Bringing up the idea of a prenup can be a tricky topic for someone who’s about to be married. But prenuptial agreements can be a delicate matter for advisors, too.
“They can come back to give you trouble,” says Sheryl Rowling, who heads a tax advisory and financial planning firm in San Diego.
Nevertheless, “Financial advisors should tell clients to consider a prenup, and point out what could happen without one,” says Rowling, who is also CEO of Total Rebalance Expert, a portfolio rebalancing software company.
A high-net-worth individual who goes into a marriage without such an agreement might suffer financially if the union ends in a divorce and a costly settlement. Similarly, if that HNW client dies and most or all of the assets pass to the surviving spouse, that outcome might not be desirable to other potential heirs, such as children from a prior marriage.
For Rowling’s clients planning to wed, she’ll send a memo pointing out the reasons for executing a prenup. A copy in her files can show that she did indeed offer the cautionary advice.
In some cases, clients will use her advice to help broach the idea and get a prenup executed: an HNW individual who tells an intended spouse, “My financial planner says I should have a prenup” is less likely to douse a romance than one who opens the conversation with, “Let’s talk about how much of my money you stand to get, dear.”
While documenting prenup advice may protect a planner from subsequent claims if the lack of a prenup proves costly, the presence of a prenup also has its perils.
“Generally,” says Rowling, “I’ll first discuss a prenup with a wealthy client who is about to be married. After a couple decides to go through with the agreement, I’ll meet with both parties to go over the financial aspects. If I appear to be siding with my original client, I’ll risk alienating someone who is likely to be the new husband or wife.” Rowling’s ongoing advisory relationship with this couple could be jeopardized.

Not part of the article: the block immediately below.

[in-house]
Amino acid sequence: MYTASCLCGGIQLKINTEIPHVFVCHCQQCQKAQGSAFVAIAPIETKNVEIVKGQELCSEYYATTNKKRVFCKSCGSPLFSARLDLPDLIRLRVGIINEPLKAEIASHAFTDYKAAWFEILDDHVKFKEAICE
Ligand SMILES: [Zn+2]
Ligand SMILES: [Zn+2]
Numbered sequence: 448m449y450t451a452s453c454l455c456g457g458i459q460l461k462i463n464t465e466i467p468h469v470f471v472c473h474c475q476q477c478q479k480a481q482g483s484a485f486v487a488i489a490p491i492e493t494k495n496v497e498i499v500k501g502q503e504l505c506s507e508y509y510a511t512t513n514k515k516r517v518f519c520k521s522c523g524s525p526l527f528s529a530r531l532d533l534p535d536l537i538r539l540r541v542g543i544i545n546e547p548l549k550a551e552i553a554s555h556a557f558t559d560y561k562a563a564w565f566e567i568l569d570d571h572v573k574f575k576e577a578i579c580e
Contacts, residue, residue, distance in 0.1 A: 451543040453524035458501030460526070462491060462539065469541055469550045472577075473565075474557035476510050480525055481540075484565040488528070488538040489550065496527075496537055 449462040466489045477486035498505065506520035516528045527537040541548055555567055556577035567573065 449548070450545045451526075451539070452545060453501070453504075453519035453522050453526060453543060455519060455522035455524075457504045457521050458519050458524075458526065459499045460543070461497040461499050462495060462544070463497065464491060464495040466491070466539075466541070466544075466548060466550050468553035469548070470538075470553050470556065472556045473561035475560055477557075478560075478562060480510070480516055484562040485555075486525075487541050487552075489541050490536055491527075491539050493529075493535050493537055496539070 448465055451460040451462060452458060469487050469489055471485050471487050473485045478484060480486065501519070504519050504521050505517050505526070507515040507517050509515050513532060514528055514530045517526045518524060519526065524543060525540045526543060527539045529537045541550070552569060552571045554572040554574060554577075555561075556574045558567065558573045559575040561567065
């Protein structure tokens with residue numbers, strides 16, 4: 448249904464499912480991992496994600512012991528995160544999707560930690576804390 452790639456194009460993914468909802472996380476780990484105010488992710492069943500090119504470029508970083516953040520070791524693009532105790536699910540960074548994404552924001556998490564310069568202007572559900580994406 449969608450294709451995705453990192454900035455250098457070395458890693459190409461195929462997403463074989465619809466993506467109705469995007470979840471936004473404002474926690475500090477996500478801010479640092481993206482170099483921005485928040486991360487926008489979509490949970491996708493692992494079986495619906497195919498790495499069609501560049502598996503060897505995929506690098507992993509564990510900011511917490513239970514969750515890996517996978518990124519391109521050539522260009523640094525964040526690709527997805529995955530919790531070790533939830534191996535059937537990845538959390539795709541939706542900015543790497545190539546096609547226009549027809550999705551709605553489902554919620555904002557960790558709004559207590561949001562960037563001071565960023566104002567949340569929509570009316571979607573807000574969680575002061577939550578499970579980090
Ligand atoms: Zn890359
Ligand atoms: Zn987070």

How does Rowling avoid this double jeopardy? “I explain that I am not a couples counselor,” she says. It’s between the two spouses-to-be to decide whether they want a prenup, and to work out any issues that might arise from agreeing to agree.
Rowling also makes it clear that she is not an attorney. It’s up to the couple to decide upon legal representation. “Often,” she says, “the wealthier individual will hire the attorney to draft the agreement and the other party’s attorney will review it, to suggest any changes.”
As for her role, Rowling sees herself as the advisor who prepares the couple for meeting with their attorneys. “I’ll meet with the couple and get an idea of what their goals are, in case the marriage ends in divorce or death,” she says. “By explaining the financial details, I try to help them both understand what the agreement will mean.” Then it’s up to the lawyers to produce a palatable prenup.
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